Obama Imposes Stricter Emissions Standards on Nearly Bankrupt, Bailed-Out Auto Companies

By Fred Lucas | January 26, 2009 | 6:49 PM EST

White House Press Secretary Robert Gibbs speaks, Monday, Jan. 26, 2009, during his daily press briefing in the White House Press Room at the White House in Washington. (AP Photo/Ron Edmonds)

White House (CNSNews.com) – President Barack Obama is forcing nearly bankrupt, taxpayer-bailed-out U.S. auto companies to meet stricter emissions standards for their automobiles. While environmentalists cheered, some analysts questioned the decision to impose greater burdens on car-makers that are struggling to stay in business. 
 The orders come at a time when the troubled U.S. auto industry is being kept afloat by a federal bailout.
“Car efficiency standards are sinking the auto industry at the same time they’re getting a government bailout,” said Sam Kazman, general counsel to the Competitive Enterprise Institute, a free market think tank. “Now the president’s policy will make that burden heavier.”

The president on Monday ordered the Environmental Protection Agency (EPA) to review a proposed California rule to set tougher limits, while also ordering the Department of Transportation to develop higher fuel efficiency standards for cars.

That means vehicles would have to attain 35 miles per gallon by the 2011 model years, White House Press Secretary Robert Gibbs said. The current standard is 27 miles per gallon.
Requiring more fuel-efficient cars will help put the country on the road to energy independence, said Obama. Supporters say it also would help combat global warming.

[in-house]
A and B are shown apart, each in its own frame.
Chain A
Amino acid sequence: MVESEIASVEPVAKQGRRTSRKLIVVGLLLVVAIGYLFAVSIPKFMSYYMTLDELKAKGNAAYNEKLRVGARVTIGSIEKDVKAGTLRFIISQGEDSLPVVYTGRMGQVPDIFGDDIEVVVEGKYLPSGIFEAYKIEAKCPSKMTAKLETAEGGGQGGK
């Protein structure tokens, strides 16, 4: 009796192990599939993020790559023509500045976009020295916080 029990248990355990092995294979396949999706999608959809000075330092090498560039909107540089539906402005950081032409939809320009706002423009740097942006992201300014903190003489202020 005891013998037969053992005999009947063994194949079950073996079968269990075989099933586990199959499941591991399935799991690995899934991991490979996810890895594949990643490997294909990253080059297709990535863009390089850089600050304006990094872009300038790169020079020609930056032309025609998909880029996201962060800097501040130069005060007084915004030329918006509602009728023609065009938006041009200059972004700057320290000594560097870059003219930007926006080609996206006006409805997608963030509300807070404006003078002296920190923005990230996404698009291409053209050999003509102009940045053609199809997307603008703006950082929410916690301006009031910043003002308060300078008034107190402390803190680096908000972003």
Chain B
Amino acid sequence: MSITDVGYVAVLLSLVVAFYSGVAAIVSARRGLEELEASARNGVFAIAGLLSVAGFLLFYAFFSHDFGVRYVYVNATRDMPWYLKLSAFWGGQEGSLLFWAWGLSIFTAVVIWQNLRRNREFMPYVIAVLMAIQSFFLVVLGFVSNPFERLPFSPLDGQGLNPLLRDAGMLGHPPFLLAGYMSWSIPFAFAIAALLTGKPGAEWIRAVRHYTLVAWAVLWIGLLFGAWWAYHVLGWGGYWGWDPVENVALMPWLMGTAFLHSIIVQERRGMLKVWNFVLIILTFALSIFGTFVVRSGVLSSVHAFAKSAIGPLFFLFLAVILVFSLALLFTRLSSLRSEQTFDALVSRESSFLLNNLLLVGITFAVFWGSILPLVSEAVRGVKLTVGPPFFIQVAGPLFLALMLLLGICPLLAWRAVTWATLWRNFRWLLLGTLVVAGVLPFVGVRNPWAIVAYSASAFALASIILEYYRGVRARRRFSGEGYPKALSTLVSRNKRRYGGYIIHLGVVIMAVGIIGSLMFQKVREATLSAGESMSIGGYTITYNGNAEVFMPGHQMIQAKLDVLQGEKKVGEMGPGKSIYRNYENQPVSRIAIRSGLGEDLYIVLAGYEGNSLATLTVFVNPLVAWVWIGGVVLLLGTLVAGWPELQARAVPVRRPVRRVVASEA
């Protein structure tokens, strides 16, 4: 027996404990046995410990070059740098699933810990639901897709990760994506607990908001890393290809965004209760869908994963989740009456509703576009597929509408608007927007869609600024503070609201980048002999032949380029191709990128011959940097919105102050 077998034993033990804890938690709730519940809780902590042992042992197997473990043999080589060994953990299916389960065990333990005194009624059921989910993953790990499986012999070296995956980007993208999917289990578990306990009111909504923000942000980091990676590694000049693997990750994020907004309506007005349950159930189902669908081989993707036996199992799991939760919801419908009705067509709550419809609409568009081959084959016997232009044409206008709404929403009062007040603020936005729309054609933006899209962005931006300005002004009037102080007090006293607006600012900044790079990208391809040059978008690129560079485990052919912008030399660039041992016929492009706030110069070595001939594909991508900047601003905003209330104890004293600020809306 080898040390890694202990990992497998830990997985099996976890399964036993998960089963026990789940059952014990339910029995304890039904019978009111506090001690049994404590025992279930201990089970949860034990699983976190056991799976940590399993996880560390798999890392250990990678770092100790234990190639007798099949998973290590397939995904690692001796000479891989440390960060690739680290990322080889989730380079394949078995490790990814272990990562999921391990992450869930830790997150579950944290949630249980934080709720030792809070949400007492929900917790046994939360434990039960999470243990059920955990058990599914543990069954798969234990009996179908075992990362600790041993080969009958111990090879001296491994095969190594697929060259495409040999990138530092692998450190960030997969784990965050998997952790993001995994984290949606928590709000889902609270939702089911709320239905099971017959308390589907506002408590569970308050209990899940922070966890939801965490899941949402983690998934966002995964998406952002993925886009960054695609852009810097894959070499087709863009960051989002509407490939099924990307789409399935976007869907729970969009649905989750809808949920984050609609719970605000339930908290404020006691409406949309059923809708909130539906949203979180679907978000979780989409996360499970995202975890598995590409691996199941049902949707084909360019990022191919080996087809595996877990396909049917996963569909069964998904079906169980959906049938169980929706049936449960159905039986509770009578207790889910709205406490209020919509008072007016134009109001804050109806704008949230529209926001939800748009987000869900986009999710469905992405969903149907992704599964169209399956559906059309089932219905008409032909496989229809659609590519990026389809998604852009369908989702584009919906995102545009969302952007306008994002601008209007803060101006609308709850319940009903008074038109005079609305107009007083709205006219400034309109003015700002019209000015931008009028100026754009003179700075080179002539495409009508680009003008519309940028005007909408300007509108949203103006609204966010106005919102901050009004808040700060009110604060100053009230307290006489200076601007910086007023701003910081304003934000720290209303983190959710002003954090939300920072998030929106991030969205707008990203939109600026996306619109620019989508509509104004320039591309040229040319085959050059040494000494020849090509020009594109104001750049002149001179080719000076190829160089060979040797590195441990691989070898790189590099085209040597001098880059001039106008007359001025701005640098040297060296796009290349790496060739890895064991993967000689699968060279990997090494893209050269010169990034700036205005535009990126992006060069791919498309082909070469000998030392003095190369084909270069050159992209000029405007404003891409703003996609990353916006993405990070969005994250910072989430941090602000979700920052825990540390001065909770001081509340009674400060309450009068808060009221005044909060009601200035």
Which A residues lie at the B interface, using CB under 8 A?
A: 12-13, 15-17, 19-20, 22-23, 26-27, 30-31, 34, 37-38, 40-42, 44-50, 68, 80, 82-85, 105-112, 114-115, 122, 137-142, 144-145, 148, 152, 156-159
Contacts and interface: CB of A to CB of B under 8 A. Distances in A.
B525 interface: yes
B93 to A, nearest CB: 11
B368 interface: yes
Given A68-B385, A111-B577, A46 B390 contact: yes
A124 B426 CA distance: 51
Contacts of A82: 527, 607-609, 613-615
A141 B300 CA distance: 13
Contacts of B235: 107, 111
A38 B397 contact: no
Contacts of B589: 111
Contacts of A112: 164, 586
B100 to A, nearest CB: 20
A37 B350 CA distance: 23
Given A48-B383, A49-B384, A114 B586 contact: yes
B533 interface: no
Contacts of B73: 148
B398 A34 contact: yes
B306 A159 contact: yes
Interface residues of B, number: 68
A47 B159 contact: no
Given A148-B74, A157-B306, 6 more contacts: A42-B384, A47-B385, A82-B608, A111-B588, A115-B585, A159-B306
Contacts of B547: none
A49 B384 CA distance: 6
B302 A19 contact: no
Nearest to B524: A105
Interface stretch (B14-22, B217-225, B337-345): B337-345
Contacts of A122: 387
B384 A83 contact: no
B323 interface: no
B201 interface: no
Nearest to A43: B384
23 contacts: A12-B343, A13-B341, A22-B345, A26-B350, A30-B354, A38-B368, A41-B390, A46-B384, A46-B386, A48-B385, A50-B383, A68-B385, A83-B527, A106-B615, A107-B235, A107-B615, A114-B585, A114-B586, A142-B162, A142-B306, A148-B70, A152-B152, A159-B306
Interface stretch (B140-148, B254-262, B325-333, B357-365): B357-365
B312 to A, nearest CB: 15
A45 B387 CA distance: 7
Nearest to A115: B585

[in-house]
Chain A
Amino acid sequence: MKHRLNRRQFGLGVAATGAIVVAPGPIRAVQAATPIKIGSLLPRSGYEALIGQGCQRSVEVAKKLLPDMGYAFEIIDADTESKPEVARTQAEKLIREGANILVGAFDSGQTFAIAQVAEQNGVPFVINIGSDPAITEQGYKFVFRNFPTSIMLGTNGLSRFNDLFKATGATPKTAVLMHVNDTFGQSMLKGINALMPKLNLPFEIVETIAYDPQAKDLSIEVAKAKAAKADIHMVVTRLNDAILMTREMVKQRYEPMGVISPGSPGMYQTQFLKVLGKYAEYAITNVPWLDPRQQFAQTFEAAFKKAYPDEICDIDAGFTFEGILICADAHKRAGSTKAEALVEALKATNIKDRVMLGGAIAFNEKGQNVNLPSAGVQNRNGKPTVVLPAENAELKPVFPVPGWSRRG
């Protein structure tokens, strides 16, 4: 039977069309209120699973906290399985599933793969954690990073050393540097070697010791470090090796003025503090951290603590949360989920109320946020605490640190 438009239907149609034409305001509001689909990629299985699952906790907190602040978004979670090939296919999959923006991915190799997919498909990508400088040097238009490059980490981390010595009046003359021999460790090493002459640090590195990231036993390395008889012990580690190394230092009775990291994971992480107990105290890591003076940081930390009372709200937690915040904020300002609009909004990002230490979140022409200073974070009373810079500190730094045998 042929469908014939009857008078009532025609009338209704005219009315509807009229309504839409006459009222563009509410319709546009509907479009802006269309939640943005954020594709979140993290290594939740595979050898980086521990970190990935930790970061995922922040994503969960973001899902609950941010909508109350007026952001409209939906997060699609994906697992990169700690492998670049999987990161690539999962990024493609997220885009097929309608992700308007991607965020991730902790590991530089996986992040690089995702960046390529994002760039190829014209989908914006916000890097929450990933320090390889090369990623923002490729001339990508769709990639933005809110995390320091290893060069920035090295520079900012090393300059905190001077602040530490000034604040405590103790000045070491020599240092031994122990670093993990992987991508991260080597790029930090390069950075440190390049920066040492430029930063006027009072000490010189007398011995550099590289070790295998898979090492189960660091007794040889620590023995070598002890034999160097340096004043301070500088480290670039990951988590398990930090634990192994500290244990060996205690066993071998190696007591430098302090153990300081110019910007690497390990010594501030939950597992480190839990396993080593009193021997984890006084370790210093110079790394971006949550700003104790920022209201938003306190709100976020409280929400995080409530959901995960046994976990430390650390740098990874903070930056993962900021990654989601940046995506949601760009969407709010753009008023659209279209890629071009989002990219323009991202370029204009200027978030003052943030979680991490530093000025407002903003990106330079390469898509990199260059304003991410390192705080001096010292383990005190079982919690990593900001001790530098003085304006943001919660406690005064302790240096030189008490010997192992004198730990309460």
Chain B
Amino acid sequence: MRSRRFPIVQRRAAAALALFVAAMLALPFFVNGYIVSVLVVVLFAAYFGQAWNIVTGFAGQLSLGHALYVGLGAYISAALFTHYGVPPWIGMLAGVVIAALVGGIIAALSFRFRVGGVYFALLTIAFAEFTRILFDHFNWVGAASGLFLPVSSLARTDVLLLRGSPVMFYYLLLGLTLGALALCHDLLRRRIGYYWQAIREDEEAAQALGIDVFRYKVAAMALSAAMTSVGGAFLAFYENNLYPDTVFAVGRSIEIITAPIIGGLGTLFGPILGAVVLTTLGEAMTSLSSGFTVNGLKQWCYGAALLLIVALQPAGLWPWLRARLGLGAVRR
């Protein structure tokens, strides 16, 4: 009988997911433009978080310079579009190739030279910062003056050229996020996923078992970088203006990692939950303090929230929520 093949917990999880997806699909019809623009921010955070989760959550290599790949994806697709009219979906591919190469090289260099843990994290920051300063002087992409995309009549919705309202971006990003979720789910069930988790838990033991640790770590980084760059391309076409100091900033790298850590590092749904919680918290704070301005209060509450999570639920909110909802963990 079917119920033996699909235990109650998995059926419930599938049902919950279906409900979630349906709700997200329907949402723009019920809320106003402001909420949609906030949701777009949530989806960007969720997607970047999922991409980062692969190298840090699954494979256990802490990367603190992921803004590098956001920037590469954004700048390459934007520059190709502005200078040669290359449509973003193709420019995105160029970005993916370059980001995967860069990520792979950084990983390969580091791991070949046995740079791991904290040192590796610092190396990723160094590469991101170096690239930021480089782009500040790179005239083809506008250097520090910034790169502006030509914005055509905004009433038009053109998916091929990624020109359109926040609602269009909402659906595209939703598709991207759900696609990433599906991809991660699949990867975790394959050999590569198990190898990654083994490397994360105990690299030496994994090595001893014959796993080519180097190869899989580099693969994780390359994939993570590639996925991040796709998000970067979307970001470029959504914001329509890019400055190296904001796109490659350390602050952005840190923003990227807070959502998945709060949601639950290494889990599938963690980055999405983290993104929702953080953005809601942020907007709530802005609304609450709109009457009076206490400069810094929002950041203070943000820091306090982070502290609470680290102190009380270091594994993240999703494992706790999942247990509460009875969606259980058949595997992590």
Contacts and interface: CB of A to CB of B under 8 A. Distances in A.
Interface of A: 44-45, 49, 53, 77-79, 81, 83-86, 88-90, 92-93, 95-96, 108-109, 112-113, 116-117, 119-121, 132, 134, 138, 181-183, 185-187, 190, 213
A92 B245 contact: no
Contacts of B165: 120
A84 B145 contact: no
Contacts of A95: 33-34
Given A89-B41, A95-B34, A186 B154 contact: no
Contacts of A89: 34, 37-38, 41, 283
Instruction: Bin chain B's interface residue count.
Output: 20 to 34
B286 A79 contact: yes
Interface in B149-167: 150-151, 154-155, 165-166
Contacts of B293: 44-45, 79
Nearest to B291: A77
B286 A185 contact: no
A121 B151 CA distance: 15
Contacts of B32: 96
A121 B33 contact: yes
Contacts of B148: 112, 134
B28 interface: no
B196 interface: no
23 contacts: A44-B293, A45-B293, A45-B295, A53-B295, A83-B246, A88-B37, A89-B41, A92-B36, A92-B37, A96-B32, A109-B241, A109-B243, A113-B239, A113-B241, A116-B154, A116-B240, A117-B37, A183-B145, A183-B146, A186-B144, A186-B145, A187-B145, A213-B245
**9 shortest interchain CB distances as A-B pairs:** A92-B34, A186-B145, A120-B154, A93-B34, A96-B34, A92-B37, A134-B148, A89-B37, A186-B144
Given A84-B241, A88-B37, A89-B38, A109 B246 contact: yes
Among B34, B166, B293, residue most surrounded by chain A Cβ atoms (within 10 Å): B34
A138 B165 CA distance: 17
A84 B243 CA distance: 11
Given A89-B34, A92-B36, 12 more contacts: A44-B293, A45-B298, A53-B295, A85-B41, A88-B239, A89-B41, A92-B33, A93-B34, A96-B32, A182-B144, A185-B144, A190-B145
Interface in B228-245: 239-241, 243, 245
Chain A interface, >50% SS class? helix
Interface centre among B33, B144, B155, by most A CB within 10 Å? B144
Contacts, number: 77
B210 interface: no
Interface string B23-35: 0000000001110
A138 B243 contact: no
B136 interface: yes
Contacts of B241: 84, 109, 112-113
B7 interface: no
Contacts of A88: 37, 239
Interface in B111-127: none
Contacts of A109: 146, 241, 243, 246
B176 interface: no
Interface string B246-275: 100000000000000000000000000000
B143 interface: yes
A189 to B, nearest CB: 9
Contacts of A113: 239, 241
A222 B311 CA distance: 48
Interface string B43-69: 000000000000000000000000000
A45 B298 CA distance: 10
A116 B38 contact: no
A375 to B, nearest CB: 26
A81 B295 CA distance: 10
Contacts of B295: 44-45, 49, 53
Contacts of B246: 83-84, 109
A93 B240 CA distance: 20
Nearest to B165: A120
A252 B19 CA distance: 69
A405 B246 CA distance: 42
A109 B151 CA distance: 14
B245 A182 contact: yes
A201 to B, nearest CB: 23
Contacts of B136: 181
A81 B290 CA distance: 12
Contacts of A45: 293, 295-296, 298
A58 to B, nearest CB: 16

“President Nixon promised to make our nation energy independent by the end of the 1970s. When he spoke, we imported about one-third of our oil. Now we import more than half,” Obama said.
“The federal government will work with, not against the states,” Obama added. “For the sake of our security, our economy, and our planet, we must have the courage and commitment to change.”

The California order is a decisive break from the Bush administration’s EPA, which prohibited California from enacting the stricter limits because of concerns that non-uniform standards would be overly burdensome on automakers.
The manufacturers worry about having to meet multiple standards – meaning the toughest standard becomes the default position, said Bruce M. Belzowski, associate director of the University of Michigan’s Transportation Research Institute.
“What they end up doing is looking at the standard that is most strict, and then building all their vehicles to that standard, unless they are incapable technologically of meeting that standard,” Belzowski told CNSNews.com.
If allowed to stand, California’s standards would again be the toughest in the nation, just as they were in the 1990s. But even a decade ago, the Golden State allowed carmakers some “breathing room,” Belzowski said.
“California came up with some stringent requirements for the manufacturers, and when they could see that the manufacturers, in good faith, were trying to meet those standards but the technology wasn’t there, or they couldn’t do it quick enough, California would back off, and say, ‘We’re not going to abandon this, but we will give you a little more time to meet the standards,’” he added.
Detroit is out to impress its new stakeholder: government, Belzowski said.
“The Big Three understand that they have a new stakeholder that they never had before – and that’s the federal government,” he said. “They may not be owners of the company, but the companies owe the federal government a significant amount of money, especially GM and Chrysler.”
Already, 13 other states have shown interest in adopting the California model.
Some environmental activists praised Obama’s actions.
“By beginning this process and directing the EPA to review the Bush administration’s lack of action, President Obama is turning the federal government into a force for positive change instead of a roadblock,” said Carl Pope, executive director of the Sierra Club.
But allowing states to set their own standards could impose unneeded burdens on other states and consumers, said Ben Lieberman, senior energy and environmental analyst at the conservative Heritage Foundation.
“Letting states set the standards would interfere with the cost and availability of vehicles in other states,” Lieberman told CNSNews.com.